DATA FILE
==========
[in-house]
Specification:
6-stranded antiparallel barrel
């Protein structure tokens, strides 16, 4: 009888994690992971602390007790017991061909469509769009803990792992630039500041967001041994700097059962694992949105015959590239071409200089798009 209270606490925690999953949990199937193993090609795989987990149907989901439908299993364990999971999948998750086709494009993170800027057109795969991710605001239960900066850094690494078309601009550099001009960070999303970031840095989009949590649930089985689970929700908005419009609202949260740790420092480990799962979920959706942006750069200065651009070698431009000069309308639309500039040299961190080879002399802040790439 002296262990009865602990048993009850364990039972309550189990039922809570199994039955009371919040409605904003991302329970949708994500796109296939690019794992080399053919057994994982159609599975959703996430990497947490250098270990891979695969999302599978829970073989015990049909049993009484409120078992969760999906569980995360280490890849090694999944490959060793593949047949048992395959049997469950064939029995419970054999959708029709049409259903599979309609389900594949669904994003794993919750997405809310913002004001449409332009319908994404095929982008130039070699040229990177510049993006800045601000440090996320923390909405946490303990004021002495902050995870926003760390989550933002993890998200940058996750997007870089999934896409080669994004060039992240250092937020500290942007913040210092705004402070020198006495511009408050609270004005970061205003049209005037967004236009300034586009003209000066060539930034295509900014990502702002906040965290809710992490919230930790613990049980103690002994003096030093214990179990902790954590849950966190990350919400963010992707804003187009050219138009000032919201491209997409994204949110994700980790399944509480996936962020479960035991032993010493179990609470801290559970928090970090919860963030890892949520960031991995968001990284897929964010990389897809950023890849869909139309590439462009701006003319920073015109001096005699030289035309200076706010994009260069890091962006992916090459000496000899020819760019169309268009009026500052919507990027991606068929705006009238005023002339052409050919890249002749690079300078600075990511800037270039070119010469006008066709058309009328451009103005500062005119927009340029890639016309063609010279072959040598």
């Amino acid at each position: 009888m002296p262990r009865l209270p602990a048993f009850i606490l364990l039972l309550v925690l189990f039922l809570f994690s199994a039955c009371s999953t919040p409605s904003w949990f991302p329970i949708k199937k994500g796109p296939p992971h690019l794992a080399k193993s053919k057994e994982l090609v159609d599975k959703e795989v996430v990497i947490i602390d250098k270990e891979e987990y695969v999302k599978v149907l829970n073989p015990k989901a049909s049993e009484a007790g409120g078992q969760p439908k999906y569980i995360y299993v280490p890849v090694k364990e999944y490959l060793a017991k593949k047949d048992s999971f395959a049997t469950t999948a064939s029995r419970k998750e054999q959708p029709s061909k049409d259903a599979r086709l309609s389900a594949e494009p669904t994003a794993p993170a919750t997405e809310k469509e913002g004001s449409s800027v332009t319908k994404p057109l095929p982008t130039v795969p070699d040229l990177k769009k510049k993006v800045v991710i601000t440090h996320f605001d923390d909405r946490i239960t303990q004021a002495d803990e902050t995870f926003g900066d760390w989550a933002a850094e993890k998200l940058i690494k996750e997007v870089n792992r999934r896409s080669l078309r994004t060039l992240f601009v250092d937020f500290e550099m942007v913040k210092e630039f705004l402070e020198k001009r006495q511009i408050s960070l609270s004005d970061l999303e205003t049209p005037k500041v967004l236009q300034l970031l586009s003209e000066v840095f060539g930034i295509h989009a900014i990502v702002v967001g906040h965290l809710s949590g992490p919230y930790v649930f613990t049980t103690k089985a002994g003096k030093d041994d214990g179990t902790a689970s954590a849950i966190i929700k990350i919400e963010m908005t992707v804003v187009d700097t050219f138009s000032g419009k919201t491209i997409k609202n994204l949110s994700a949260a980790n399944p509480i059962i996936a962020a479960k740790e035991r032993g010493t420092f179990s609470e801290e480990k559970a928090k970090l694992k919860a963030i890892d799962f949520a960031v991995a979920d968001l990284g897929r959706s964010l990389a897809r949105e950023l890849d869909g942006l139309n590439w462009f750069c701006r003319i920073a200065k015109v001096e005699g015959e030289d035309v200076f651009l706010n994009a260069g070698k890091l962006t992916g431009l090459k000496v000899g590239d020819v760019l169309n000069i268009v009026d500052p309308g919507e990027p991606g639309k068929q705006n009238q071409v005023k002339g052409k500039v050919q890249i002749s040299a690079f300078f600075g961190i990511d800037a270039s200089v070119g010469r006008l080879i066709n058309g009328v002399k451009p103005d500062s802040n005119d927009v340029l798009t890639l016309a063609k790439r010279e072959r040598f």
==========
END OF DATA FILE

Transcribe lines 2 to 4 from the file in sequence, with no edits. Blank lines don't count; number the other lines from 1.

Specification:
6-stranded antiparallel barrel
């Protein structure tokens, strides 16, 4: 009888994690992971602390007790017991061909469509769009803990792992630039500041967001041994700097059962694992949105015959590239071409200089798009 209270606490925690999953949990199937193993090609795989987990149907989901439908299993364990999971999948998750086709494009993170800027057109795969991710605001239960900066850094690494078309601009550099001009960070999303970031840095989009949590649930089985689970929700908005419009609202949260740790420092480990799962979920959706942006750069200065651009070698431009000069309308639309500039040299961190080879002399802040790439 002296262990009865602990048993009850364990039972309550189990039922809570199994039955009371919040409605904003991302329970949708994500796109296939690019794992080399053919057994994982159609599975959703996430990497947490250098270990891979695969999302599978829970073989015990049909049993009484409120078992969760999906569980995360280490890849090694999944490959060793593949047949048992395959049997469950064939029995419970054999959708029709049409259903599979309609389900594949669904994003794993919750997405809310913002004001449409332009319908994404095929982008130039070699040229990177510049993006800045601000440090996320923390909405946490303990004021002495902050995870926003760390989550933002993890998200940058996750997007870089999934896409080669994004060039992240250092937020500290942007913040210092705004402070020198006495511009408050609270004005970061205003049209005037967004236009300034586009003209000066060539930034295509900014990502702002906040965290809710992490919230930790613990049980103690002994003096030093214990179990902790954590849950966190990350919400963010992707804003187009050219138009000032919201491209997409994204949110994700980790399944509480996936962020479960035991032993010493179990609470801290559970928090970090919860963030890892949520960031991995968001990284897929964010990389897809950023890849869909139309590439462009701006003319920073015109001096005699030289035309200076706010994009260069890091962006992916090459000496000899020819760019169309268009009026500052919507990027991606068929705006009238005023002339052409050919890249002749690079300078600075990511800037270039070119010469006008066709058309009328451009103005500062005119927009340029890639016309063609010279072959040598």